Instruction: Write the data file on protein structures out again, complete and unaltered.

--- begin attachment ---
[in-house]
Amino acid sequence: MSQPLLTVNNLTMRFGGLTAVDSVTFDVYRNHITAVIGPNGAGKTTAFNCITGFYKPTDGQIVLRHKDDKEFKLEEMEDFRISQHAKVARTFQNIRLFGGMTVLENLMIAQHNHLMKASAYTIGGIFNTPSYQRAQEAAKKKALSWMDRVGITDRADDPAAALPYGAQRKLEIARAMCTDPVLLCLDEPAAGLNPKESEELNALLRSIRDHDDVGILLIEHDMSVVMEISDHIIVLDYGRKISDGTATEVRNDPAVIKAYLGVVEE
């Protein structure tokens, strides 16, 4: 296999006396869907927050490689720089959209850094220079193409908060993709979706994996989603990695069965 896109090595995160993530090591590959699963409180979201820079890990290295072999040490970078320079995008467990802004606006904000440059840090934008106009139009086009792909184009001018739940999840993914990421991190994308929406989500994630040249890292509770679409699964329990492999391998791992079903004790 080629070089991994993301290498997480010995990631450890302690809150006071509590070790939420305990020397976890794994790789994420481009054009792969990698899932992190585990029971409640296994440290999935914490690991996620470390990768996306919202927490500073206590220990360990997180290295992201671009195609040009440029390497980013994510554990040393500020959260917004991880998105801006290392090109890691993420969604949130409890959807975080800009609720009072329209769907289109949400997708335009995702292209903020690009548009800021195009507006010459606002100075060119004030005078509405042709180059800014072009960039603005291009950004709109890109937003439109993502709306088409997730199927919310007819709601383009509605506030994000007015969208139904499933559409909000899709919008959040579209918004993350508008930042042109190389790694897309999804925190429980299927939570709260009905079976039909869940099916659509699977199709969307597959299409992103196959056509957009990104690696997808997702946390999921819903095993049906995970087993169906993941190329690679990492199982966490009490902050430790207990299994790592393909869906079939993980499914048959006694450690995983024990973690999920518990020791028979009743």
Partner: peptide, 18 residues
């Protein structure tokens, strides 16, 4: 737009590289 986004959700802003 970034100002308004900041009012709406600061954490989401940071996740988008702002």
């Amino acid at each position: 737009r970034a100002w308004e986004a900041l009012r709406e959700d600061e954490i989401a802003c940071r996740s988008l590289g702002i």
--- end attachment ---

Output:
[in-house]
Amino acid sequence: MSQPLLTVNNLTMRFGGLTAVDSVTFDVYRNHITAVIGPNGAGKTTAFNCITGFYKPTDGQIVLRHKDDKEFKLEEMEDFRISQHAKVARTFQNIRLFGGMTVLENLMIAQHNHLMKASAYTIGGIFNTPSYQRAQEAAKKKALSWMDRVGITDRADDPAAALPYGAQRKLEIARAMCTDPVLLCLDEPAAGLNPKESEELNALLRSIRDHDDVGILLIEHDMSVVMEISDHIIVLDYGRKISDGTATEVRNDPAVIKAYLGVVEE
């Protein structure tokens, strides 16, 4: 296999006396869907927050490689720089959209850094220079193409908060993709979706994996989603990695069965 896109090595995160993530090591590959699963409180979201820079890990290295072999040490970078320079995008467990802004606006904000440059840090934008106009139009086009792909184009001018739940999840993914990421991190994308929406989500994630040249890292509770679409699964329990492999391998791992079903004790 080629070089991994993301290498997480010995990631450890302690809150006071509590070790939420305990020397976890794994790789994420481009054009792969990698899932992190585990029971409640296994440290999935914490690991996620470390990768996306919202927490500073206590220990360990997180290295992201671009195609040009440029390497980013994510554990040393500020959260917004991880998105801006290392090109890691993420969604949130409890959807975080800009609720009072329209769907289109949400997708335009995702292209903020690009548009800021195009507006010459606002100075060119004030005078509405042709180059800014072009960039603005291009950004709109890109937003439109993502709306088409997730199927919310007819709601383009509605506030994000007015969208139904499933559409909000899709919008959040579209918004993350508008930042042109190389790694897309999804925190429980299927939570709260009905079976039909869940099916659509699977199709969307597959299409992103196959056509957009990104690696997808997702946390999921819903095993049906995970087993169906993941190329690679990492199982966490009490902050430790207990299994790592393909869906079939993980499914048959006694450690995983024990973690999920518990020791028979009743």
Partner: peptide, 18 residues
């Protein structure tokens, strides 16, 4: 737009590289 986004959700802003 970034100002308004900041009012709406600061954490989401940071996740988008702002």
């Amino acid at each position: 737009r970034a100002w308004e986004a900041l009012r709406e959700d600061e954490i989401a802003c940071r996740s988008l590289g702002i």